IT 20/20: Is your IT ready for the digital age?
The speed of current technological breakthroughs has no historical precedent, and the pace is exponential rather than linear,” says Klaus Schwab, the founder and Executive Chairman of the World Economic Forum (WEF). The financial services industry beats at the heart of the digital revolution, and a quick glance at trends in the insurance segment brings it home:
“Digital intelligence (machine learning, advanced analytics) is enabling micro-segmentation of insurance customers based on their social context, risk appetites and price sensitivities. Shared economies (Uber, Airbnb) and soon autonomous machines (drones, cars, robots) are challenging the traditional actuarial models. Emerging peer-to-peer insurance businesses are threatening the role of the central authority. Connected everything (wearables, IoTs, smart cities) is promising to transform the industry’s raison d’etre from a ‘loss compensator’ to a ‘risk adviser” by influencing or even controlling the risky behaviors of the insured, whether it’s a human or a machine.”
Advances like these are profoundly impacting the business models, competitive forces, customer behaviors and regulatory environments. The ability to exploit the speed of business change has therefore become a key competitive advantage. The question we want to explore is whether the traditional Enterprise IT in the financial services industry is ready for the digital age; and if not, what needs to change.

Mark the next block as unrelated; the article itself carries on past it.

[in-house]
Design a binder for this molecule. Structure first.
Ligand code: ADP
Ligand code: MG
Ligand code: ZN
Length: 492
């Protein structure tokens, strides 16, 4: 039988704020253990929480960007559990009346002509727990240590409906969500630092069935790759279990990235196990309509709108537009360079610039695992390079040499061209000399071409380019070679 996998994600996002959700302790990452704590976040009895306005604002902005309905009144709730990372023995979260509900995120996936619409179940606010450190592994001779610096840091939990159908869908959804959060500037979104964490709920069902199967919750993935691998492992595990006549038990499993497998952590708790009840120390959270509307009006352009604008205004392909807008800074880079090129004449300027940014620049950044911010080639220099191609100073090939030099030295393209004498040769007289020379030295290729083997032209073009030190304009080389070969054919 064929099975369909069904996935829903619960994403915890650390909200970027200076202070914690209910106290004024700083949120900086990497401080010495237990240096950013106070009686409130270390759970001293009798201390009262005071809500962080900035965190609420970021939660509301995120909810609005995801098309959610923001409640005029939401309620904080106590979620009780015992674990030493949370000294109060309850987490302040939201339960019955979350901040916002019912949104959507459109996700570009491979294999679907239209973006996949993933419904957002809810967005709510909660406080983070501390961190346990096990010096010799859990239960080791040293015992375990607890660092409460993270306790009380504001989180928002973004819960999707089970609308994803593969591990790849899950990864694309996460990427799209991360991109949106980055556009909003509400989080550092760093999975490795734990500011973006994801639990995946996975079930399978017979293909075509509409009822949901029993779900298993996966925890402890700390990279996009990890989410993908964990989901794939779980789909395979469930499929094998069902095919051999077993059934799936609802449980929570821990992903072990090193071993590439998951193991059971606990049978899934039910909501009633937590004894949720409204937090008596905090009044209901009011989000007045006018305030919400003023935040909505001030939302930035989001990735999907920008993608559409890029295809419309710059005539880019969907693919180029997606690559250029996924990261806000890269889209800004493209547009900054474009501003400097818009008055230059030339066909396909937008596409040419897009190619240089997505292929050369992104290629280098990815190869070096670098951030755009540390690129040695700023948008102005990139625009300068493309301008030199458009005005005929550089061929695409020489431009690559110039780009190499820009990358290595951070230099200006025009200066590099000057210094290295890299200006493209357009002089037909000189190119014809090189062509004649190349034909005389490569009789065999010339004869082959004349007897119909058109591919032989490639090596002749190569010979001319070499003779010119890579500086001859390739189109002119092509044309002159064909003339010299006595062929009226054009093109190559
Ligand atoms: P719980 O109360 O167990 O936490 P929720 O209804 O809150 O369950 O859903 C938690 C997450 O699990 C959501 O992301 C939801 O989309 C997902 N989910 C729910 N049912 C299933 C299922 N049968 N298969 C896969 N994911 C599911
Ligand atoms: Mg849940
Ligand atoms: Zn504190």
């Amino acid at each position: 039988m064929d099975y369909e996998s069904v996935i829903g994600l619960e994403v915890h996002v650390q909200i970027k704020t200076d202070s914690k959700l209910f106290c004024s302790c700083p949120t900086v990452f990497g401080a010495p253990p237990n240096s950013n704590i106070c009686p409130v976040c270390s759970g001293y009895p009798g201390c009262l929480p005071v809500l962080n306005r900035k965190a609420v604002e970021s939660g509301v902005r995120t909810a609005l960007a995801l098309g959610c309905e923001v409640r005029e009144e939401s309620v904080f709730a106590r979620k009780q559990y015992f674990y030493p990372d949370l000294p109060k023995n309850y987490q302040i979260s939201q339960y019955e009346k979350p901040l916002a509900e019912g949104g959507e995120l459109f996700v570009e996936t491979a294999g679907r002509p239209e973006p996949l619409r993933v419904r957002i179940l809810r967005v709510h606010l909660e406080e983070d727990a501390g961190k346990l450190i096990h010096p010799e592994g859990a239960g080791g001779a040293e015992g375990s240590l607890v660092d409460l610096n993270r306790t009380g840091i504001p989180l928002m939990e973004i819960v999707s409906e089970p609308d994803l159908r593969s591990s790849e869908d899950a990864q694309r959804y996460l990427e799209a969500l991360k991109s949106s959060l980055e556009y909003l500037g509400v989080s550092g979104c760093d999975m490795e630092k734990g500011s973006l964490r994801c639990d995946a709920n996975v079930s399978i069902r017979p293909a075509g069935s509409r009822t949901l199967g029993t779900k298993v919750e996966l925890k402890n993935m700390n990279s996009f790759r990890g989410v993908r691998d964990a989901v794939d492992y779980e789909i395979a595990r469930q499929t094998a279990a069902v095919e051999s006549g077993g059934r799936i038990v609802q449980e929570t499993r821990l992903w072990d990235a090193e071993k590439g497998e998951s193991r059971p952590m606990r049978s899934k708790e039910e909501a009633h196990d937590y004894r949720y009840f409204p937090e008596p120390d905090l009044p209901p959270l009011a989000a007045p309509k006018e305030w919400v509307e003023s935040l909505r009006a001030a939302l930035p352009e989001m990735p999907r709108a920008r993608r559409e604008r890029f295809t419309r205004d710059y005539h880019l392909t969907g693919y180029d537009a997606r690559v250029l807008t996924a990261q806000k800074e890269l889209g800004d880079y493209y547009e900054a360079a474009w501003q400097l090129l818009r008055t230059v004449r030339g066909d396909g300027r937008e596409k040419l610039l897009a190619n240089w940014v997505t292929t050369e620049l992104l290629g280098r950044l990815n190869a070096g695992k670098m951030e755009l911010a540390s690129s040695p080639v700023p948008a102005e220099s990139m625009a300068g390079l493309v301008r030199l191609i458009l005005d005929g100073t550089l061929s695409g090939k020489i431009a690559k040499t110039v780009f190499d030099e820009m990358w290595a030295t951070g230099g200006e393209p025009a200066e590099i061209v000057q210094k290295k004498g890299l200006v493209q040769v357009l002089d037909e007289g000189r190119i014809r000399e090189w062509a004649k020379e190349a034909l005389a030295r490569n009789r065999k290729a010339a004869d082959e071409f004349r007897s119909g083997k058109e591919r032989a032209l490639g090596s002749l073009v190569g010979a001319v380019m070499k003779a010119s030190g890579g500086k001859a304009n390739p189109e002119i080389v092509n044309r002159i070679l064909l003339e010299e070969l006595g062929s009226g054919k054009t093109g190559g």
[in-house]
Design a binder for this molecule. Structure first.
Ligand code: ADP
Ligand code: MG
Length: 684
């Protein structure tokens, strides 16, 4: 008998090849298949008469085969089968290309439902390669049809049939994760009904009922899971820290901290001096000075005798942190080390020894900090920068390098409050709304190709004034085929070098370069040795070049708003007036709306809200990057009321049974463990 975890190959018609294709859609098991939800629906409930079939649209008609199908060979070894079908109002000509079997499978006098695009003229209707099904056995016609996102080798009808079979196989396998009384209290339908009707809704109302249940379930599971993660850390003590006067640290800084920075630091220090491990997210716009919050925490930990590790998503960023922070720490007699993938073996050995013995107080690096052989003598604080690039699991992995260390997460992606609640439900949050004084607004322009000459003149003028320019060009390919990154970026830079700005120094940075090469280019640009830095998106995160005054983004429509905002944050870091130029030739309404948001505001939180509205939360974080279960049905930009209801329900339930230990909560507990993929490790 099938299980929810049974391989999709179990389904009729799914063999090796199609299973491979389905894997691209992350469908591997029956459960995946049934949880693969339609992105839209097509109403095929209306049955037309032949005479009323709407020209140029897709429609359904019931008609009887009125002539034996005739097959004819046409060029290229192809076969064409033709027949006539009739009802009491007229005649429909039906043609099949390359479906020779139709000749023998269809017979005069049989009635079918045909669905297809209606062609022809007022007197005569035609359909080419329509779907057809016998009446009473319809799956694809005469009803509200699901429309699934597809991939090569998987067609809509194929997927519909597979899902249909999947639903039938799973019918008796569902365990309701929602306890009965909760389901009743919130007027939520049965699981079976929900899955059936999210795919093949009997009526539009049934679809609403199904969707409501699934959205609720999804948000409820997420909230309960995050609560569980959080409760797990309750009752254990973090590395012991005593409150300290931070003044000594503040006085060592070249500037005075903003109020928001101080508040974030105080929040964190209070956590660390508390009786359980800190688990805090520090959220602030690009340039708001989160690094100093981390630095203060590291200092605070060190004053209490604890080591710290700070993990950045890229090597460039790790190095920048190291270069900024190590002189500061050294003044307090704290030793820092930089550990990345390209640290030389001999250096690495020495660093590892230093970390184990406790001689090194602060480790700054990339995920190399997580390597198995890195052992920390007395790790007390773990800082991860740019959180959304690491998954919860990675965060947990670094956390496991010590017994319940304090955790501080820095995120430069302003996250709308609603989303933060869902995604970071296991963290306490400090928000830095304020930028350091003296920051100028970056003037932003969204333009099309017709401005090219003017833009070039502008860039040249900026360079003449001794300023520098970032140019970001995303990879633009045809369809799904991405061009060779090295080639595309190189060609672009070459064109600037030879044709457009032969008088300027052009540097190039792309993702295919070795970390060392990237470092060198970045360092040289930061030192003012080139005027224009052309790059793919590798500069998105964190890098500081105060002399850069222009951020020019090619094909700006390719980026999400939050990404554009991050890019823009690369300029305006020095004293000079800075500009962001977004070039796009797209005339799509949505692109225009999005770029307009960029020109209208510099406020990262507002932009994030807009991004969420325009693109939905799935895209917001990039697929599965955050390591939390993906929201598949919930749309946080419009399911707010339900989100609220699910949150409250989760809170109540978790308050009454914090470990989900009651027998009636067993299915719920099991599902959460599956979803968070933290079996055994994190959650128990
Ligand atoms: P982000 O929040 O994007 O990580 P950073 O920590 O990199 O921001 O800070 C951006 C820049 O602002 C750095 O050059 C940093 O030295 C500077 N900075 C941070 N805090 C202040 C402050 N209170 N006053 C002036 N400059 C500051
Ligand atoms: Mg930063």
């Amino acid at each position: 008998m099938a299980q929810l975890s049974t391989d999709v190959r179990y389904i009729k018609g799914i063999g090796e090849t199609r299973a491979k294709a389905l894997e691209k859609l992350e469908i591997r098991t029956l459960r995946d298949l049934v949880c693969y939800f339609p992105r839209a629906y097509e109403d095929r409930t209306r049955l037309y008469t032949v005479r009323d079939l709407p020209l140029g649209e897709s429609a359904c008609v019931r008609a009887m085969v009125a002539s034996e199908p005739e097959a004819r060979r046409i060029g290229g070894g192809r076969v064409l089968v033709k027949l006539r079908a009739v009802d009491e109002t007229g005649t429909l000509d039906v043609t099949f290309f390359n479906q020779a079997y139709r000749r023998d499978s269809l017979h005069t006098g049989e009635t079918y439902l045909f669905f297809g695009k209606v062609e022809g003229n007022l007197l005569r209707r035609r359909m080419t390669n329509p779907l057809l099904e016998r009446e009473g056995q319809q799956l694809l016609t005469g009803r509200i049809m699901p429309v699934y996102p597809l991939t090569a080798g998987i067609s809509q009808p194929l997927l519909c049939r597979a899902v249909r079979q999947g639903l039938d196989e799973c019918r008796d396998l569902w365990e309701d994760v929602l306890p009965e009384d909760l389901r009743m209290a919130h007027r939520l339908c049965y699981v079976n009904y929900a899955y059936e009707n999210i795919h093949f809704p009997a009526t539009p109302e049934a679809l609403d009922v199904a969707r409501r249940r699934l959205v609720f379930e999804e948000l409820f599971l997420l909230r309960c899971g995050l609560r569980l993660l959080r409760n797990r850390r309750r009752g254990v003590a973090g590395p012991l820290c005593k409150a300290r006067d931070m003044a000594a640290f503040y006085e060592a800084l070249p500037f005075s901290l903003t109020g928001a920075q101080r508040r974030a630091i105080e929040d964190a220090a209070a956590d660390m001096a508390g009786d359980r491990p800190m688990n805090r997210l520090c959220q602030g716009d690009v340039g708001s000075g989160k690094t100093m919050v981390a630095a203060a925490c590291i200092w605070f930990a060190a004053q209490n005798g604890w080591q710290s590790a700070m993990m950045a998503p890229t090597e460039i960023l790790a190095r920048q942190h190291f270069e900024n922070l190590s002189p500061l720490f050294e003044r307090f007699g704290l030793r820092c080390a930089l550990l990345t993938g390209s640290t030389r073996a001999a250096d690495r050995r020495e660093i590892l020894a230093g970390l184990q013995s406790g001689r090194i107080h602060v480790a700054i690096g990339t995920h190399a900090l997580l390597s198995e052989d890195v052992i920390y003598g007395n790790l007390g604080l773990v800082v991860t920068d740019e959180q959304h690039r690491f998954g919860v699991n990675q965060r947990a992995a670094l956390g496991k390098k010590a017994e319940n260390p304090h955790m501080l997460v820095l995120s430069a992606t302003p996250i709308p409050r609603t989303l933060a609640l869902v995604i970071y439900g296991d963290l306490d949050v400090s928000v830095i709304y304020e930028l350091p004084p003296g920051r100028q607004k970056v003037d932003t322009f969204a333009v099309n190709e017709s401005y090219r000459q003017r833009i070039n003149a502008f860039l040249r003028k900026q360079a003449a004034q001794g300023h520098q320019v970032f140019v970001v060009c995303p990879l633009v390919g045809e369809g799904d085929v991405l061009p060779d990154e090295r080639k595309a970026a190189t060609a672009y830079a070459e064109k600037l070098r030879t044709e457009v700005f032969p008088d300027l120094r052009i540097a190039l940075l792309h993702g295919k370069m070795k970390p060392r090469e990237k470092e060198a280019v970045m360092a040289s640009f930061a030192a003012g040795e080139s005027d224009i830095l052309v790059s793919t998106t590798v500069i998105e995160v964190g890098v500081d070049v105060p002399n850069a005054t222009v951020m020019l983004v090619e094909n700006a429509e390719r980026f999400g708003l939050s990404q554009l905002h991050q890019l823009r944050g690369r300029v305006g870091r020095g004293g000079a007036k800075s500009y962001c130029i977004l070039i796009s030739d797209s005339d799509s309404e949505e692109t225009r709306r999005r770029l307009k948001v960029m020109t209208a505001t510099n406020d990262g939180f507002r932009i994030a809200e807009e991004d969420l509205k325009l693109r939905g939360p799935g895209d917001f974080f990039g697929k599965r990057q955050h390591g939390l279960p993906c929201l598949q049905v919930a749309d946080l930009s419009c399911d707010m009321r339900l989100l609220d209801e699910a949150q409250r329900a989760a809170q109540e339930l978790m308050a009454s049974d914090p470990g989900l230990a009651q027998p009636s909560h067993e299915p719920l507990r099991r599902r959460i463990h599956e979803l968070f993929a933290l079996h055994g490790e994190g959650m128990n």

Since its inception over half a century ago, the traditional Enterprise IT has been functioning as a project organization to deliver change, where IT projects serve as the primary currency of interactions between business and IT. They facilitate distribution of funding, organization of work and deployment of change. Behind the multi-decade success of the project organization paradigm lie two important factors: First, these organizations mastered an assembly line like sequential methodology, a.k.a. waterfall, to efficiently deliver large-scale business change. Second, they relied on a mature, battle-tested management theory, called the program and project management, for successful execution of the waterfall methodology.